What an incredible restraint of the angelic arsenal He had at His disposal! On His way to the cross, Jesus wouldn’t allow so much as a sword to be used in His defense. Nor would He let so much as an ear to be sacrificed on His behalf. Finally and beautifully, in His most miniscule but perhaps most regal of miracles, Jesus healed the ear of His enemy (see Luke 22:51).

The other disciples.

Outmanned and out-armed, they deserted Jesus at His most desperate hour. His response? He didn’t call them cowards; instead, He covered for them, explaining that their actions were simply a fulfillment of prophecy:

Then Jesus said to them, “All of you will be made to stumble because of Me this night, for it is written: ‘I will strike the Shepherd, and the sheep of the flock will be scattered’” (Matthew 26:31).

The religious leaders who tried Him.

They accused Jesus falsely and gathered witnesses to testify against Him, again falsely. They hit Him. His response? He didn’t defend Himself, and He didn’t denigrate them. Not returning insult for insult, or injury for injury, He took the fist, silently, bravely, and with a bold resignation that befits a king (see Mark 14:53-65).

The Roman soldiers.

Brutal men, they mocked Jesus, draping His shoulders with a purple cape, thrusting a thorny crown into His scalp, and humiliating Him as they took turns beating Him. His response? Again, He took the blows, turned the other cheek, and did not resist the evil that propped Him up and pummeled Him (see Mark 15:16-20).

The crowd that surrounded Him at the cross.

They taunted Jesus, quoting Scriptures to Him, daring Him to prove Himself King, if indeed He was one. His response? He bore the daggers of ridicule, the spears of sarcasm. And He didn’t throw them back. He took it all, and He took it with the nobility of a true king (see Mark 15:29-32).

The soldiers at the cross.

The ones who hammered the nails into His hands, His feet. The ones who raised the cross into place. And the ones hunched over a pair of dice, gambling for His cloak. His response? Forgiveness. And not only that, listen to His plea bargain on their behalf: “Then Jesus said, ‘Father, forgive them, for they do not know what they do’” (Luke 23:34). In other words, Jesus is telling the Father that if the soldiers could only see Him for who He really was, if they knew that He was indeed a king, indeed the Son of God, they would never have done this. Remarkable, when you think about it. Jesus not only forgives His enemies, He defends them.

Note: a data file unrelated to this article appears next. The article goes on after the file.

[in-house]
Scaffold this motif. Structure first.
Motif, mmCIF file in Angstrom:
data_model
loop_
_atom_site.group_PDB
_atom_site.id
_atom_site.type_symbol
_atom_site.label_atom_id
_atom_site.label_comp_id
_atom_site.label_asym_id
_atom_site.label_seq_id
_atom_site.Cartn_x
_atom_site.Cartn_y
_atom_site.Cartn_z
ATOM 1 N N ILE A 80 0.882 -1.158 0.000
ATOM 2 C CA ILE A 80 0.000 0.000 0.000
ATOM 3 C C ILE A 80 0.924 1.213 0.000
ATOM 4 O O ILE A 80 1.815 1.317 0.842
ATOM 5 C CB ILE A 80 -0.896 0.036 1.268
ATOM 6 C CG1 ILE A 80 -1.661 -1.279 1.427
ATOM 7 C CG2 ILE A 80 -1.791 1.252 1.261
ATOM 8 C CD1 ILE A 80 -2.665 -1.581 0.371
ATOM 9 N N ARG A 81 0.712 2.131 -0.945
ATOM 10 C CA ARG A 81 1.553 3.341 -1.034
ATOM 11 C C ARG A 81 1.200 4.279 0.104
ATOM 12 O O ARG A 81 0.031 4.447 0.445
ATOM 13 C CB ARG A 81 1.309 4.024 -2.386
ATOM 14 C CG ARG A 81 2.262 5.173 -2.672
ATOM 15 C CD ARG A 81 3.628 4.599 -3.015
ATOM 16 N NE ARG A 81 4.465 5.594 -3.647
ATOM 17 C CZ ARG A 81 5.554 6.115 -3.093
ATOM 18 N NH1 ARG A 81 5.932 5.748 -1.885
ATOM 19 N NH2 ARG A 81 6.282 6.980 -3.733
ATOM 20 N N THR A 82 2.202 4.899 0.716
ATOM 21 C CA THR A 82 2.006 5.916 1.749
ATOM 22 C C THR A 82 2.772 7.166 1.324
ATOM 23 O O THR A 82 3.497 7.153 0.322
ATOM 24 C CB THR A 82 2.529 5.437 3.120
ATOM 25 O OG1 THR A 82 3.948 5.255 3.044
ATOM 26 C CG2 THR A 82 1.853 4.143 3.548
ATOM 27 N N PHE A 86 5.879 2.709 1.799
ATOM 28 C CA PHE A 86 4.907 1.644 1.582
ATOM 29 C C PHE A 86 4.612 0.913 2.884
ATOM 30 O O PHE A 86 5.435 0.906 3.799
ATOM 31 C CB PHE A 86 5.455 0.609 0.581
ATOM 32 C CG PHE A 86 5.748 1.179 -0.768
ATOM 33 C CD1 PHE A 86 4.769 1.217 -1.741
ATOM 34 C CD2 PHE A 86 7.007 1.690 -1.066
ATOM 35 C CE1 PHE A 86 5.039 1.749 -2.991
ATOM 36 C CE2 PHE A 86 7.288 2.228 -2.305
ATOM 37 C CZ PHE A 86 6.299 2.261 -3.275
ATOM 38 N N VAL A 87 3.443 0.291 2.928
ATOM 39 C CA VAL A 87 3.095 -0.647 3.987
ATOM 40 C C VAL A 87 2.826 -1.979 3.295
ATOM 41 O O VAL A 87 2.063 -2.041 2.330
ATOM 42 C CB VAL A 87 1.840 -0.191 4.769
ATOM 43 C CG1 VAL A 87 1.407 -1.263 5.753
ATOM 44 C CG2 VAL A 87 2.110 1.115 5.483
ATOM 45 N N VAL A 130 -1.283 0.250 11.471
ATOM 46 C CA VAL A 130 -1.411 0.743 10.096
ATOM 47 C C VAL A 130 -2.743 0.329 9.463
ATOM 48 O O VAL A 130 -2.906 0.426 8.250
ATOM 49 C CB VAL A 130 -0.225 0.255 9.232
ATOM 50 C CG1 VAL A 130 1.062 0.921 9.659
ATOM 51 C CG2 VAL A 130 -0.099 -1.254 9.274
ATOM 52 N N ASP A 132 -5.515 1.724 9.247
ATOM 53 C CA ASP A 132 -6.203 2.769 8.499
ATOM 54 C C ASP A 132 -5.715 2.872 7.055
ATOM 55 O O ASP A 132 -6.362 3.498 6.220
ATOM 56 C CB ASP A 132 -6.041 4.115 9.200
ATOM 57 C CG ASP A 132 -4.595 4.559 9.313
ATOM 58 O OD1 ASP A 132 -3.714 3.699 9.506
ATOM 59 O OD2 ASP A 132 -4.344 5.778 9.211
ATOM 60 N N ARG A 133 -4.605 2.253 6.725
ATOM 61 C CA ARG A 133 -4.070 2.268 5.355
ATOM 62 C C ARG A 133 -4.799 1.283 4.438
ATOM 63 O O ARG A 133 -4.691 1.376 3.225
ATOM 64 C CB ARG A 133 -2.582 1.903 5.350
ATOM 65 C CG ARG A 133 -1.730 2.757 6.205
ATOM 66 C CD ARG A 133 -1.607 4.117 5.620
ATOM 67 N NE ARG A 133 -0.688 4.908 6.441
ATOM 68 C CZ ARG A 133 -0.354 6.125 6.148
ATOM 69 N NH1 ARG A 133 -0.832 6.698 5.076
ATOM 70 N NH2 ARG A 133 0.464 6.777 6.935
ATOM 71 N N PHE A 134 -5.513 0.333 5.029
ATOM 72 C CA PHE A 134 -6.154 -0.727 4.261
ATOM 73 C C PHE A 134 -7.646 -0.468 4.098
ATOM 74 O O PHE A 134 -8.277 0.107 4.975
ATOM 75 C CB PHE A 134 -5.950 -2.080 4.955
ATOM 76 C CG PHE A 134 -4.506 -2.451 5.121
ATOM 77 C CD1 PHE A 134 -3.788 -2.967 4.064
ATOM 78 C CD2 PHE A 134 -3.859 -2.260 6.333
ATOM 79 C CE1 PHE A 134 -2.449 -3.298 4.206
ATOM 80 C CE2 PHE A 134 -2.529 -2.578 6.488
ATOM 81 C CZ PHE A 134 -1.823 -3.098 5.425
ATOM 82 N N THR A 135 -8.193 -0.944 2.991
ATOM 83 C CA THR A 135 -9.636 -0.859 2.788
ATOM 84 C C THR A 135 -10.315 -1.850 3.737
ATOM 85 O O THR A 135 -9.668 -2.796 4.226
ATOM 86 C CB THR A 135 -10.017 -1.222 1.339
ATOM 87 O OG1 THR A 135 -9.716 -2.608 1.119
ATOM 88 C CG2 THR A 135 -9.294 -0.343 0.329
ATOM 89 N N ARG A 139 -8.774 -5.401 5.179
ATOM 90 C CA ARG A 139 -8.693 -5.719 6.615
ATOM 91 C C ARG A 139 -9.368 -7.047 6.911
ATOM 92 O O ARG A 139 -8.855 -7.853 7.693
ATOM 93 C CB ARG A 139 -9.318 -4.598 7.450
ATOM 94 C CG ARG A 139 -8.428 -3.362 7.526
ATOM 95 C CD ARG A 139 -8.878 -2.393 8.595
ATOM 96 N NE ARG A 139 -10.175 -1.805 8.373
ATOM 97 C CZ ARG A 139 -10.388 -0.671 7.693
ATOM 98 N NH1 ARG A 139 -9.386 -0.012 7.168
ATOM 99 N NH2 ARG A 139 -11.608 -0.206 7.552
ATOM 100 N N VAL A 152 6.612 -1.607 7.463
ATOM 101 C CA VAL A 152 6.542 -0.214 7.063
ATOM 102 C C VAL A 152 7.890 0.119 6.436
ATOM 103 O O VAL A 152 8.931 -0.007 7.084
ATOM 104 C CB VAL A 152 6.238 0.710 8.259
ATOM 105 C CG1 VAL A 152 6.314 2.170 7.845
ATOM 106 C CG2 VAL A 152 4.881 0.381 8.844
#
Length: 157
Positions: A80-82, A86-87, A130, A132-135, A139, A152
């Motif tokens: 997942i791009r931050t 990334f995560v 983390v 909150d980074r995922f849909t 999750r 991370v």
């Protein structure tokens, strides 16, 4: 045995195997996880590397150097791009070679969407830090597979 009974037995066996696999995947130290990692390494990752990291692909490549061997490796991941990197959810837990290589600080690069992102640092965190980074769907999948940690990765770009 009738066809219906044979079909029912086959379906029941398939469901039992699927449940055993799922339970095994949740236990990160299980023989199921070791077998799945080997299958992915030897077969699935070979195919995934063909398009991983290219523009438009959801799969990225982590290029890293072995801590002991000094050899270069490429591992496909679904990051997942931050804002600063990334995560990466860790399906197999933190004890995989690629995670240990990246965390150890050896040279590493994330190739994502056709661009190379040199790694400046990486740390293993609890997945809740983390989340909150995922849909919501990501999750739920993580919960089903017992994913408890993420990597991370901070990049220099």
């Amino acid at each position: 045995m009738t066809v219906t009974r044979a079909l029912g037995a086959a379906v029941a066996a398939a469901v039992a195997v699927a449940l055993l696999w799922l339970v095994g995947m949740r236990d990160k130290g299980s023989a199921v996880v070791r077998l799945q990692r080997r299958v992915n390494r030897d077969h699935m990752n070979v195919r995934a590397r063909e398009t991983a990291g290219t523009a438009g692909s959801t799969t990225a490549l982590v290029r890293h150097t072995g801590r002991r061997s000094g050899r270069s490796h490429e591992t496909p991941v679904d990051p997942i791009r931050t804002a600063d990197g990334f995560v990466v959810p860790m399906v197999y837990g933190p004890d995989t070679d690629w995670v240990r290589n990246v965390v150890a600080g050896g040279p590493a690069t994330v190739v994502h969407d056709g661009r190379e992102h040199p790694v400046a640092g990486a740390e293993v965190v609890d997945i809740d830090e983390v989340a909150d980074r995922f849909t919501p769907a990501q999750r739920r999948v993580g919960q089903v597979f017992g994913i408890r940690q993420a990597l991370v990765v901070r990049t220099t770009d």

The two thieves.

When you compare the parallel accounts, you discover that both thieves cursed Jesus (see Mark 15:32; Luke 23:39-40). Never once did Jesus curse back. Instead, He gave a blessing to the one who asked to be remembered. The blessing? The man had just asked that Jesus remember Him when He got to His Kingdom. That’s all. And Jesus gave him Paradise. Paradise! In a few hours of witnessing Jesus’ response to His enemies, one of those enemies was transformed into a friend, and remained a friend forever (see Luke 23:42-43).

We are told that when Peter denied Jesus for the third time, a rooster crowed, reminding him of Jesus’ words earlier that night. He turned and saw Jesus looking at him. What he saw were not the eyes of an enemy but the eyes of a friend. And when their eyes met, we are told that Peter went away, weeping bitterly (see Luke 22:60-62). The next day Peter likely approached the cross, but from afar. He saw Jesus’ enemies, teeth bared like a pack of wolves that had cornered its prey. He heard the insults, the taunts, the mocking, the cursing. And he saw Jesus’ response to them, heard His words and the tone in which the words were spoken. Here is how the example of Jesus impacted him, inspiring his words to fellow believers who were undergoing persecution by their enemies:

For what credit is it if, when you are beaten for your faults, you take it patiently? But when you do good and suffer, if you take it patiently, this is commendable before God. For to this you were called, because Christ also suffered for us, leaving us an example, that you should follow His steps: “Who committed no sin, nor was deceit found in His mouth”; who, when He was reviled, did not revile in return; when He suffered, He did not threaten, but committed Himself to Him who judges righteously (1 Peter 2:20-23).

What Peter saw and heard that day, though it was from a distance as he stood on the periphery, cloaked in anonymity, changed him forever. How could it not? How could anyone not be changed if he or she only knew the story—the whole story—of just how much we are loved?
[Excerpt from chapter 9]

There are always people in our lives that come against us, treat us badly or hurt us. Who are some of those people in your life?

The revolution of love reflects the whole story of Jesus coming to earth to show man who he was intended to be. What will it look like when you show those people love, despite everything?

This week, love them – they deserve love, so they can witness the whole story!

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  1. Randy Zurcher says:

    Please add me to your sermon mailing list! Thank you.

  2. may you live to reach out for many like I and You cos the days are over for the King to come